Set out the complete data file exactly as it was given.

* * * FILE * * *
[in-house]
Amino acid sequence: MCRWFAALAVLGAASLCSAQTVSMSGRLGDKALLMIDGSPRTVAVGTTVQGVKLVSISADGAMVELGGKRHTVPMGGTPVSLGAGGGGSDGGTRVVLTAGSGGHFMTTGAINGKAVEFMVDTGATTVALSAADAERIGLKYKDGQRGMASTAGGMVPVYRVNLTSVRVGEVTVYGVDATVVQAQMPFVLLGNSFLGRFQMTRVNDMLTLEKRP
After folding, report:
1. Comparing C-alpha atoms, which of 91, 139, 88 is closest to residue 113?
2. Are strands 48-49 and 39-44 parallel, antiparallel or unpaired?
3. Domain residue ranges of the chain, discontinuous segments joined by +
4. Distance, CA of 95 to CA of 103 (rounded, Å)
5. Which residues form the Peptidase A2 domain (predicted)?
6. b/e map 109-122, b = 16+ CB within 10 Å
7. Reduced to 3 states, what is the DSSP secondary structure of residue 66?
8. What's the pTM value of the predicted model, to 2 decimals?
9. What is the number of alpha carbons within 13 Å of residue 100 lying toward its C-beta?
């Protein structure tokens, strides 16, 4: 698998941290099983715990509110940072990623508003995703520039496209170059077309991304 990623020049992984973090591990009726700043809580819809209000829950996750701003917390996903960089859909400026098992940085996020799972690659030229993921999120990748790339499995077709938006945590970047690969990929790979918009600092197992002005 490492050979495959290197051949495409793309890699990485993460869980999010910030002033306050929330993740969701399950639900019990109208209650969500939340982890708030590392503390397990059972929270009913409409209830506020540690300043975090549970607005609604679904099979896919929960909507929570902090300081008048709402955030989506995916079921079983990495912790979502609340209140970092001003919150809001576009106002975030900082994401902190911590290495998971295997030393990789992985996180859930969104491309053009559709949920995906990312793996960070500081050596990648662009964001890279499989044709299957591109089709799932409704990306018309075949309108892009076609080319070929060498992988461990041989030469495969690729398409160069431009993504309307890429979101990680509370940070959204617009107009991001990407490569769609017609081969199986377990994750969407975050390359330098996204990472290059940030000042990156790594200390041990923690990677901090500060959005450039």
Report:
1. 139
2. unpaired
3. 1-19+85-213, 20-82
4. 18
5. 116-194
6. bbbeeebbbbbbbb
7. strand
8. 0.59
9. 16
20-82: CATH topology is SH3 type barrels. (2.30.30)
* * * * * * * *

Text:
[in-house]
Amino acid sequence: MCRWFAALAVLGAASLCSAQTVSMSGRLGDKALLMIDGSPRTVAVGTTVQGVKLVSISADGAMVELGGKRHTVPMGGTPVSLGAGGGGSDGGTRVVLTAGSGGHFMTTGAINGKAVEFMVDTGATTVALSAADAERIGLKYKDGQRGMASTAGGMVPVYRVNLTSVRVGEVTVYGVDATVVQAQMPFVLLGNSFLGRFQMTRVNDMLTLEKRP
After folding, report:
1. Comparing C-alpha atoms, which of 91, 139, 88 is closest to residue 113?
2. Are strands 48-49 and 39-44 parallel, antiparallel or unpaired?
3. Domain residue ranges of the chain, discontinuous segments joined by +
4. Distance, CA of 95 to CA of 103 (rounded, Å)
5. Which residues form the Peptidase A2 domain (predicted)?
6. b/e map 109-122, b = 16+ CB within 10 Å
7. Reduced to 3 states, what is the DSSP secondary structure of residue 66?
8. What's the pTM value of the predicted model, to 2 decimals?
9. What is the number of alpha carbons within 13 Å of residue 100 lying toward its C-beta?
């Protein structure tokens, strides 16, 4: 698998941290099983715990509110940072990623508003995703520039496209170059077309991304 990623020049992984973090591990009726700043809580819809209000829950996750701003917390996903960089859909400026098992940085996020799972690659030229993921999120990748790339499995077709938006945590970047690969990929790979918009600092197992002005 490492050979495959290197051949495409793309890699990485993460869980999010910030002033306050929330993740969701399950639900019990109208209650969500939340982890708030590392503390397990059972929270009913409409209830506020540690300043975090549970607005609604679904099979896919929960909507929570902090300081008048709402955030989506995916079921079983990495912790979502609340209140970092001003919150809001576009106002975030900082994401902190911590290495998971295997030393990789992985996180859930969104491309053009559709949920995906990312793996960070500081050596990648662009964001890279499989044709299957591109089709799932409704990306018309075949309108892009076609080319070929060498992988461990041989030469495969690729398409160069431009993504309307890429979101990680509370940070959204617009107009991001990407490569769609017609081969199986377990994750969407975050390359330098996204990472290059940030000042990156790594200390041990923690990677901090500060959005450039």
Report:
1. 139
2. unpaired
3. 1-19+85-213, 20-82
4. 18
5. 116-194
6. bbbeeebbbbbbbb
7. strand
8. 0.59
9. 16
20-82: CATH topology is SH3 type barrels. (2.30.30)